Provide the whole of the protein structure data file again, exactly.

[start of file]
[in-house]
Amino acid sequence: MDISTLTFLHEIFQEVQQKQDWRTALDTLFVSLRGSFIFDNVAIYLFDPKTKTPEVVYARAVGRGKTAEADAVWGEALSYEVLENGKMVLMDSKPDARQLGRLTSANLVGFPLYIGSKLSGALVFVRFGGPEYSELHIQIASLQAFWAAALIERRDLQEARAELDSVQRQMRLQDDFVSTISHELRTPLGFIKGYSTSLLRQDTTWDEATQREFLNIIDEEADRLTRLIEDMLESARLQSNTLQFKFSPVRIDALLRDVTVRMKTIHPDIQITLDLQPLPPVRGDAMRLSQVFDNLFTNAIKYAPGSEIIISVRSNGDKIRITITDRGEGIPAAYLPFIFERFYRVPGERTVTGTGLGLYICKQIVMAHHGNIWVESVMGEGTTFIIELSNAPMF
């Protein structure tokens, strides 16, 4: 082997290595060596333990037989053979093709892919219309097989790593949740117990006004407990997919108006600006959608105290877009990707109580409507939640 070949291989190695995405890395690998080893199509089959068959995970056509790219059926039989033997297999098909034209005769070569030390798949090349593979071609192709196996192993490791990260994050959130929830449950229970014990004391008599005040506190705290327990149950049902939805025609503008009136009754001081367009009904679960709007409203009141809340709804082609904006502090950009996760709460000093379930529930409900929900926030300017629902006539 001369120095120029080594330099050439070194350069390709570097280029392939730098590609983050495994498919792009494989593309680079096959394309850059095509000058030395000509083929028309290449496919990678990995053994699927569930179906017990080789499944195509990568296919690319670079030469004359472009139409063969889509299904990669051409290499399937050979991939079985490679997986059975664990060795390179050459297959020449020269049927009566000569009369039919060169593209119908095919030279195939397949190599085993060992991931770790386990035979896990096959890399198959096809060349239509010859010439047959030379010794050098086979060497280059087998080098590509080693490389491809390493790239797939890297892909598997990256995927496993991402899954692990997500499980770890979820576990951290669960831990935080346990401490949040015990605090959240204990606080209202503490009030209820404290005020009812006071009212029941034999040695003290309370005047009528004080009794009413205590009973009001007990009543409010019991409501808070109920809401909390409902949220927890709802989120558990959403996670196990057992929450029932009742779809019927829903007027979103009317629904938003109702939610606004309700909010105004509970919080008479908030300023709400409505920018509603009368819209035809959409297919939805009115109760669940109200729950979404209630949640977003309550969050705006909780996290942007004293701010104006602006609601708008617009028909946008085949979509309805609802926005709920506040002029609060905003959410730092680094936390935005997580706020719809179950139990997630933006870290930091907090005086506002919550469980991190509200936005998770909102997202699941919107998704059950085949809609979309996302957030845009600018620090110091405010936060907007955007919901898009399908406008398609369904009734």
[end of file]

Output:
[in-house]
Amino acid sequence: MDISTLTFLHEIFQEVQQKQDWRTALDTLFVSLRGSFIFDNVAIYLFDPKTKTPEVVYARAVGRGKTAEADAVWGEALSYEVLENGKMVLMDSKPDARQLGRLTSANLVGFPLYIGSKLSGALVFVRFGGPEYSELHIQIASLQAFWAAALIERRDLQEARAELDSVQRQMRLQDDFVSTISHELRTPLGFIKGYSTSLLRQDTTWDEATQREFLNIIDEEADRLTRLIEDMLESARLQSNTLQFKFSPVRIDALLRDVTVRMKTIHPDIQITLDLQPLPPVRGDAMRLSQVFDNLFTNAIKYAPGSEIIISVRSNGDKIRITITDRGEGIPAAYLPFIFERFYRVPGERTVTGTGLGLYICKQIVMAHHGNIWVESVMGEGTTFIIELSNAPMF
């Protein structure tokens, strides 16, 4: 082997290595060596333990037989053979093709892919219309097989790593949740117990006004407990997919108006600006959608105290877009990707109580409507939640 070949291989190695995405890395690998080893199509089959068959995970056509790219059926039989033997297999098909034209005769070569030390798949090349593979071609192709196996192993490791990260994050959130929830449950229970014990004391008599005040506190705290327990149950049902939805025609503008009136009754001081367009009904679960709007409203009141809340709804082609904006502090950009996760709460000093379930529930409900929900926030300017629902006539 001369120095120029080594330099050439070194350069390709570097280029392939730098590609983050495994498919792009494989593309680079096959394309850059095509000058030395000509083929028309290449496919990678990995053994699927569930179906017990080789499944195509990568296919690319670079030469004359472009139409063969889509299904990669051409290499399937050979991939079985490679997986059975664990060795390179050459297959020449020269049927009566000569009369039919060169593209119908095919030279195939397949190599085993060992991931770790386990035979896990096959890399198959096809060349239509010859010439047959030379010794050098086979060497280059087998080098590509080693490389491809390493790239797939890297892909598997990256995927496993991402899954692990997500499980770890979820576990951290669960831990935080346990401490949040015990605090959240204990606080209202503490009030209820404290005020009812006071009212029941034999040695003290309370005047009528004080009794009413205590009973009001007990009543409010019991409501808070109920809401909390409902949220927890709802989120558990959403996670196990057992929450029932009742779809019927829903007027979103009317629904938003109702939610606004309700909010105004509970919080008479908030300023709400409505920018509603009368819209035809959409297919939805009115109760669940109200729950979404209630949640977003309550969050705006909780996290942007004293701010104006602006609601708008617009028909946008085949979509309805609802926005709920506040002029609060905003959410730092680094936390935005997580706020719809179950139990997630933006870290930091907090005086506002919550469980991190509200936005998770909102997202699941919107998704059950085949809609979309996302957030845009600018620090110091405010936060907007955007919901898009399908406008398609369904009734």